in: Global Policy, first published 20.09.2023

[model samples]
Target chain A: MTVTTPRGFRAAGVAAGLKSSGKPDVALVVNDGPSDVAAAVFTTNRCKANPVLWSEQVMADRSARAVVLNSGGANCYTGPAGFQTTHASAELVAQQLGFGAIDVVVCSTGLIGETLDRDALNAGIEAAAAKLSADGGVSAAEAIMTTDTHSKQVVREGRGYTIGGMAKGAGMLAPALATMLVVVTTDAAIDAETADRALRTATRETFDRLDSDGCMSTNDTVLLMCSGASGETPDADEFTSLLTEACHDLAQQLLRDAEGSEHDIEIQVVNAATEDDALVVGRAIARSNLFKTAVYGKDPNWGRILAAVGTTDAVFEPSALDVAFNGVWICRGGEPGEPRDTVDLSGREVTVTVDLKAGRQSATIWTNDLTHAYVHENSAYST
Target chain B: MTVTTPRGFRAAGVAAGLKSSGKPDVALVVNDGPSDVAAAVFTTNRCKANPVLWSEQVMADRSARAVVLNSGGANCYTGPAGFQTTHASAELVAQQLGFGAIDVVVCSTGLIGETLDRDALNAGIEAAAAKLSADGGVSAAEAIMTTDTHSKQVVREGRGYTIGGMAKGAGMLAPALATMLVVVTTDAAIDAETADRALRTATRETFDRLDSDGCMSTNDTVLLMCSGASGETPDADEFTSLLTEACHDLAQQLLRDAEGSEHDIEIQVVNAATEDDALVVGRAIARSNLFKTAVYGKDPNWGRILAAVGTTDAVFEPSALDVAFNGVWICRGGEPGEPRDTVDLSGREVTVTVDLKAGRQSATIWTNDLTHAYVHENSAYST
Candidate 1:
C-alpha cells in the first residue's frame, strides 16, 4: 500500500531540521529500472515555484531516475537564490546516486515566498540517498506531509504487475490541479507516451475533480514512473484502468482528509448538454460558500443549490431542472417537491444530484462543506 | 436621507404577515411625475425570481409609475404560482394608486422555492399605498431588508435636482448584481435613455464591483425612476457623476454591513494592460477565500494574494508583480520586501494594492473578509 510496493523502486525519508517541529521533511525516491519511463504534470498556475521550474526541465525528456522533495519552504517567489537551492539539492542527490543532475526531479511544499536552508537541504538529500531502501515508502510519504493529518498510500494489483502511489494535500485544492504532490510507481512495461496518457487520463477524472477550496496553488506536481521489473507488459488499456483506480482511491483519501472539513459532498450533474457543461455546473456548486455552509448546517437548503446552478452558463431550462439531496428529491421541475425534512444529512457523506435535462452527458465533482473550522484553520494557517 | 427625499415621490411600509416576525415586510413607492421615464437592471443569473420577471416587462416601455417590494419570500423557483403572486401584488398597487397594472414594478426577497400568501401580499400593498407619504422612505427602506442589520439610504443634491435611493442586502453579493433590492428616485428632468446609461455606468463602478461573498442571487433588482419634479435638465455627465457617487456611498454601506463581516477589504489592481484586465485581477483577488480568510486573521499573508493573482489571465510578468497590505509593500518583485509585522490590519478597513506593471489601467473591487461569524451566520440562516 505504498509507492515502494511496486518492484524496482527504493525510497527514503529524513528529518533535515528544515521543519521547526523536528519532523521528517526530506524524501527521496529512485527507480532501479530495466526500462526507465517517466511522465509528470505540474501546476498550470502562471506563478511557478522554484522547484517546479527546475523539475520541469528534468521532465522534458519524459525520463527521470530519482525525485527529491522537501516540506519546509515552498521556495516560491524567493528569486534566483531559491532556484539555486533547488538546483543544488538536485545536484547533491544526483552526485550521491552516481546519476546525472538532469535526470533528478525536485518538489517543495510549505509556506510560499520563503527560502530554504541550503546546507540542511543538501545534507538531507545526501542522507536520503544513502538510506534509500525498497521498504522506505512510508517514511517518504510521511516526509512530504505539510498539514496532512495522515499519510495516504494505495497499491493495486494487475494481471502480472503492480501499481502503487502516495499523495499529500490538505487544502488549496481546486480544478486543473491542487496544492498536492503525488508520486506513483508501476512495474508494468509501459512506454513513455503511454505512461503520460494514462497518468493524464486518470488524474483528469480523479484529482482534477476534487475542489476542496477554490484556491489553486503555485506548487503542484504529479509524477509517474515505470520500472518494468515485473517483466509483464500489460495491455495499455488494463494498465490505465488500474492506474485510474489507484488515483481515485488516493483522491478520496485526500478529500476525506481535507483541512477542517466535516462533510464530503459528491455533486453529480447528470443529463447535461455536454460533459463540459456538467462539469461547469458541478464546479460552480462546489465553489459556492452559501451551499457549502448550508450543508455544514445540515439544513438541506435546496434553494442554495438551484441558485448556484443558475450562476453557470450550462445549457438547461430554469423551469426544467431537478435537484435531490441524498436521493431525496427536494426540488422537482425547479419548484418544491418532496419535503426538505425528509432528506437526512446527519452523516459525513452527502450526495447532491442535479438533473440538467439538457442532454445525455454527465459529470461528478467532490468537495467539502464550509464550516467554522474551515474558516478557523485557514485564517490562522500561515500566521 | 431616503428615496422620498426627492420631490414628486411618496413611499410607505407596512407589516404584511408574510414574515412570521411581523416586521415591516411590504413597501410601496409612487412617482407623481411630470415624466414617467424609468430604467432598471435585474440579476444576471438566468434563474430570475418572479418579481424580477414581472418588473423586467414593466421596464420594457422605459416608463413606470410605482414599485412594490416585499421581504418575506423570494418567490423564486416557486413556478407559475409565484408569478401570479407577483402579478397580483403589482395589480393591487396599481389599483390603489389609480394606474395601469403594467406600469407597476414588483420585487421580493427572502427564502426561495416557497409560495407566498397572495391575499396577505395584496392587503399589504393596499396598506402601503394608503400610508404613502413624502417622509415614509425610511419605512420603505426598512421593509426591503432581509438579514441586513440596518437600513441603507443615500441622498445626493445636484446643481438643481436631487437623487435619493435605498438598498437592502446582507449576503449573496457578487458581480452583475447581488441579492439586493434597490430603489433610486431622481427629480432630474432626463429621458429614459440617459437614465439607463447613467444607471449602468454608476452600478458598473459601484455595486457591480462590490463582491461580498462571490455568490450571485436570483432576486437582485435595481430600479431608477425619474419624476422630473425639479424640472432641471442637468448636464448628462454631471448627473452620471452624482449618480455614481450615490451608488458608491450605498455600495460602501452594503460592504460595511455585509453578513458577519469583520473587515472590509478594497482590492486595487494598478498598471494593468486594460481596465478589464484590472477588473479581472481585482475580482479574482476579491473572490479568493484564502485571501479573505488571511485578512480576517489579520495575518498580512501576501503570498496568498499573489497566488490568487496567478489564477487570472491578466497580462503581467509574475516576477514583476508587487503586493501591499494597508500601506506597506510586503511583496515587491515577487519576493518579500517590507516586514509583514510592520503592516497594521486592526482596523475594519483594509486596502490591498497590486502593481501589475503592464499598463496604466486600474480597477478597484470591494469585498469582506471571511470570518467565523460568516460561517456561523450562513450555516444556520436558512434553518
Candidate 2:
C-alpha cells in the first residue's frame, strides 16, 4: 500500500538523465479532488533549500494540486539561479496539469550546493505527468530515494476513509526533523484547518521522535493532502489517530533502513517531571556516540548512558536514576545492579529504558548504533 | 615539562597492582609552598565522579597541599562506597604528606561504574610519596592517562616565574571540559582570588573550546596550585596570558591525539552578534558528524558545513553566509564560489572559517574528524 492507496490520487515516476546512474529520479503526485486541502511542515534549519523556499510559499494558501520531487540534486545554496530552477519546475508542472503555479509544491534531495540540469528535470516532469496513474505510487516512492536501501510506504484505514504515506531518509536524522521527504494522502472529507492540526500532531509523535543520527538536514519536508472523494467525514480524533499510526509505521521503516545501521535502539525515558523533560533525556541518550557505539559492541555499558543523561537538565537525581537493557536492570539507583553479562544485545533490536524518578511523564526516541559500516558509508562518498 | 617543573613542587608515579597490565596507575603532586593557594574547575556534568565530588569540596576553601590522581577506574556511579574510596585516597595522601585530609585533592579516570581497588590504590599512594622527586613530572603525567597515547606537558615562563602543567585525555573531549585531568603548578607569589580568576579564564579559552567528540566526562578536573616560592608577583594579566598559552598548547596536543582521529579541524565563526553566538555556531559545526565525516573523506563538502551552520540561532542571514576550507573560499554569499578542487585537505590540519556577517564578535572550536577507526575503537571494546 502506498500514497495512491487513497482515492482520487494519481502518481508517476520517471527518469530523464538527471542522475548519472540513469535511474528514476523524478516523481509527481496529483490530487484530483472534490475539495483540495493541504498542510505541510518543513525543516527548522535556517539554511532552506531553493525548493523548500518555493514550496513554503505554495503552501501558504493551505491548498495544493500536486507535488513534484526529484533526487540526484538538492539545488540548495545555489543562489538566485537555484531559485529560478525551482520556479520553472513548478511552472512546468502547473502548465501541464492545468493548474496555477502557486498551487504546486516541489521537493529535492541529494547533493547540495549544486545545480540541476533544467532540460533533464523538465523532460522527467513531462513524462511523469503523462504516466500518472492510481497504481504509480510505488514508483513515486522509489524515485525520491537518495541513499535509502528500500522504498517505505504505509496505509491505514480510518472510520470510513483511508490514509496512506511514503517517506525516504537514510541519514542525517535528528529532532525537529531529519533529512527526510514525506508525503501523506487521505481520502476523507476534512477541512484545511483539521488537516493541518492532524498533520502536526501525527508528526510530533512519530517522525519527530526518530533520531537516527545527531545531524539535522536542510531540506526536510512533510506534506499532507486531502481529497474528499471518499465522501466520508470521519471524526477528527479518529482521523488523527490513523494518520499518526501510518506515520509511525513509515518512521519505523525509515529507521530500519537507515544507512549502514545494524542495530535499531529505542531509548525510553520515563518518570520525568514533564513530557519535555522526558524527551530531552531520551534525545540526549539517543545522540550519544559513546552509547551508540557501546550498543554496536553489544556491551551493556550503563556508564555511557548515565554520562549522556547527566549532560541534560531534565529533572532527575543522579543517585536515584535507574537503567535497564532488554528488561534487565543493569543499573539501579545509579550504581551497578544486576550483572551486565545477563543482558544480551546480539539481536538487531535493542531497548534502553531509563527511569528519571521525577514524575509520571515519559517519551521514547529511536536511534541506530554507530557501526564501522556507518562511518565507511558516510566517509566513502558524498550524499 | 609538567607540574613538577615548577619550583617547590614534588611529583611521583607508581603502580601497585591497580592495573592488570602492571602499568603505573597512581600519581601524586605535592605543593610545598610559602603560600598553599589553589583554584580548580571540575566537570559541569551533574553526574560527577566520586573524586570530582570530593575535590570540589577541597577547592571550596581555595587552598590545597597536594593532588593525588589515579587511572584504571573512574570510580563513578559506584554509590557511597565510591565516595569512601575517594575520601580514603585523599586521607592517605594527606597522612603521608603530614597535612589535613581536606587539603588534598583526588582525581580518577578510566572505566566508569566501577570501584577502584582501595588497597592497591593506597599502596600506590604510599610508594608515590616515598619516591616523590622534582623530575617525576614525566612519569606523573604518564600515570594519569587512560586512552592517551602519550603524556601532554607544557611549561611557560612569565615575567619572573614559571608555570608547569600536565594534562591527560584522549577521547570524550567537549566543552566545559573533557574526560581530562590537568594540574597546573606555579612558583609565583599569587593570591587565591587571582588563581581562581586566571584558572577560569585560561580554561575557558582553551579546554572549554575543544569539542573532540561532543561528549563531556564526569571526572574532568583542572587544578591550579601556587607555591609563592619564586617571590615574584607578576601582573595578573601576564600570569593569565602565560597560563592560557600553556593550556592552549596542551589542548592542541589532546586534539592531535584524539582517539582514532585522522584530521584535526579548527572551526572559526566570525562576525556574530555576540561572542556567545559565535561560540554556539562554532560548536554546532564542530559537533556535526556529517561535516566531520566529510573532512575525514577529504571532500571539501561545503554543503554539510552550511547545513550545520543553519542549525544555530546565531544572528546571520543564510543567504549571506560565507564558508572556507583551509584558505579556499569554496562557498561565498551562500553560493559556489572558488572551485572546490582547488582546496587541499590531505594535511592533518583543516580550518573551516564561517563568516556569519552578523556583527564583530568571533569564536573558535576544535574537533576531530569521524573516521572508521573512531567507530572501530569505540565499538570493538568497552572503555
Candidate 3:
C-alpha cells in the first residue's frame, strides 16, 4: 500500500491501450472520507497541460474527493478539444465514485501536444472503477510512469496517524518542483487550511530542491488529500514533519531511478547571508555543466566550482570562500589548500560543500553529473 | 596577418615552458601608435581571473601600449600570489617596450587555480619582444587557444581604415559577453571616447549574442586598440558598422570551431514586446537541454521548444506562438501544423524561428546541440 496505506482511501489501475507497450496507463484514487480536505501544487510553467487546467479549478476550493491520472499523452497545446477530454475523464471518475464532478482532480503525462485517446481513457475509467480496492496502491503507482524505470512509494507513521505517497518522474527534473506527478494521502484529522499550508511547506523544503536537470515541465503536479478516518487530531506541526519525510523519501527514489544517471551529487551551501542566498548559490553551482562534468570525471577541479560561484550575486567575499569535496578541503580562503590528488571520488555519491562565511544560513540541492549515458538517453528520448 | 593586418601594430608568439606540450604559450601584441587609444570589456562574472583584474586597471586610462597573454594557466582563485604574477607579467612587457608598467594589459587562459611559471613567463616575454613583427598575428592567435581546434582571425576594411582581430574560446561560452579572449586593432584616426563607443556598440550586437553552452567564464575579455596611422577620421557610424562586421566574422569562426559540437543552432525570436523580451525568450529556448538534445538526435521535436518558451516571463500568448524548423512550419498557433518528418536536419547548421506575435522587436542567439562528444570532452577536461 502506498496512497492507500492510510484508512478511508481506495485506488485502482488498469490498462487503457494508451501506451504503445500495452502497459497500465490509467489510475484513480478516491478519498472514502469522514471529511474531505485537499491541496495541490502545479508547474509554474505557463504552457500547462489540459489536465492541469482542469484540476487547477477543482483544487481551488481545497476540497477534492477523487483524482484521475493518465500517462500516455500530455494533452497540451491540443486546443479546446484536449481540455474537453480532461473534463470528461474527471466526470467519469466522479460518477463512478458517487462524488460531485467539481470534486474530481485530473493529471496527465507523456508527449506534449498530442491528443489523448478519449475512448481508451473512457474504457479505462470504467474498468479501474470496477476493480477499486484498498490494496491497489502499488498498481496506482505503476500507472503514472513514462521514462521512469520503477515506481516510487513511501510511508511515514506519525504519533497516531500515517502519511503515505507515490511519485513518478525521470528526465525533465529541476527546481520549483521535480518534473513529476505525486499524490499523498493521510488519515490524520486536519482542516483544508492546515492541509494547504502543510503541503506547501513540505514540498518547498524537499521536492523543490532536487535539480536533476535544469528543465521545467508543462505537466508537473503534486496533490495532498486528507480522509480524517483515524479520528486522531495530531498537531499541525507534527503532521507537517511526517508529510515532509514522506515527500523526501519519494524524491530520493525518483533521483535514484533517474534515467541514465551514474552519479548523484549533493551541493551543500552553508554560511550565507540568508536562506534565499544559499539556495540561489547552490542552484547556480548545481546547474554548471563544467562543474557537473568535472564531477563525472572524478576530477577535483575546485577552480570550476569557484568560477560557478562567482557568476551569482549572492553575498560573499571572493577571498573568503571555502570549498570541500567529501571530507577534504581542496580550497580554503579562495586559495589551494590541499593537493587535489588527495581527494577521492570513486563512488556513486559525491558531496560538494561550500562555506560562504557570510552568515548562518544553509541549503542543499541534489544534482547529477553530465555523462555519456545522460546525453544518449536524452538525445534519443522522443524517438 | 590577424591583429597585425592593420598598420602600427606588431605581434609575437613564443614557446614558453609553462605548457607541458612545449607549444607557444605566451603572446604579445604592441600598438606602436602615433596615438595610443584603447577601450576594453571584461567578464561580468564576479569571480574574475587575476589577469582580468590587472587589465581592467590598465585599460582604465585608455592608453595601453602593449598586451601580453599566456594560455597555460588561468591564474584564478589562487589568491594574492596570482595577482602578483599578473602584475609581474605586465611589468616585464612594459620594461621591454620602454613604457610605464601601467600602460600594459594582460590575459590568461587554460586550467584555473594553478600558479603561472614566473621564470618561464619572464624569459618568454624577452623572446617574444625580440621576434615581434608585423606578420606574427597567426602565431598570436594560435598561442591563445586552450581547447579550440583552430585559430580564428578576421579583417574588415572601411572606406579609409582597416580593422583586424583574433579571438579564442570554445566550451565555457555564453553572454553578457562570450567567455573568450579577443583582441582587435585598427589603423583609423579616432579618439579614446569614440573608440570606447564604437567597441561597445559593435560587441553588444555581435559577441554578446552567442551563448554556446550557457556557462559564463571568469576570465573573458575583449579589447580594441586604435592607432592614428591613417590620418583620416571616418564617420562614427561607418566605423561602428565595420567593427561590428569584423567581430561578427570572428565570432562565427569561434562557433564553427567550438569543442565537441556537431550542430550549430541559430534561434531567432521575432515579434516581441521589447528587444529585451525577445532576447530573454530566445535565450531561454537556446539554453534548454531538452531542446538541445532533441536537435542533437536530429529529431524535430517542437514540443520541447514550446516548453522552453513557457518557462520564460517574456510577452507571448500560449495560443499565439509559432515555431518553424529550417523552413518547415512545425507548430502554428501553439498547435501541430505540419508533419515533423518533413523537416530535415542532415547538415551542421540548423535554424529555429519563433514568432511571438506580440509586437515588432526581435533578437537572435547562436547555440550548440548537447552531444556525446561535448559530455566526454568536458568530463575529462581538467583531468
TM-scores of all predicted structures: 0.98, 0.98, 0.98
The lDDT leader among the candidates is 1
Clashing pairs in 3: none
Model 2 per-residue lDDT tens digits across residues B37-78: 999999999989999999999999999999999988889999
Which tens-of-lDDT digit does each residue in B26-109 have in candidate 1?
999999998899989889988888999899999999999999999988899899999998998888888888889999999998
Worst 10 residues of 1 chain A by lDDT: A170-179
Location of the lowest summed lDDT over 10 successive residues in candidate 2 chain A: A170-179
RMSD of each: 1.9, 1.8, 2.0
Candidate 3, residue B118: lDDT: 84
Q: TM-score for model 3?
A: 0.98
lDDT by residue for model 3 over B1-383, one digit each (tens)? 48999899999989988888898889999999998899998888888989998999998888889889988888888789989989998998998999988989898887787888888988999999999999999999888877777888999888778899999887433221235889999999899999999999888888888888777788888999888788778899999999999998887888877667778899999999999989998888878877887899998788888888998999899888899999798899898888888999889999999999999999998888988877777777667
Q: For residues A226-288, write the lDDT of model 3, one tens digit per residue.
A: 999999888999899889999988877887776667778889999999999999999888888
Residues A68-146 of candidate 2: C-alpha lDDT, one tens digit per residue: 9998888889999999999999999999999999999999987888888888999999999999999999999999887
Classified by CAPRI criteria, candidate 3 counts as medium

The proliferation of state and non-state actors, along with increasing institutional complexity, has led to a qualitative shift in Global Development Governance (GDG) towards what we term ‘GDG 2.0’. Realising accountability in this context presents challenges due to growing actor diversity, institutional plurality and a lack of formalised accountability structures. Building on the introduction to this special section, we explore the potential of ‘forward-looking’ approaches to ac-countability, notably collective deliberation, learning and competition. Despite the importance of these mechanisms for GDG processes, conceptualising them as accountability tools may have limited gains and indeed reinforce the preferences of established actors, dilute useful monitoring approaches and divert attention from longstanding agendas. We argue that prioritising enabling environments for more circumscribed ‘backward-looking’ accountability—with a focus on standard-setting and monitoring—may be more feasible and effective towards holding decision-makers to account within the GDG 2.0 context.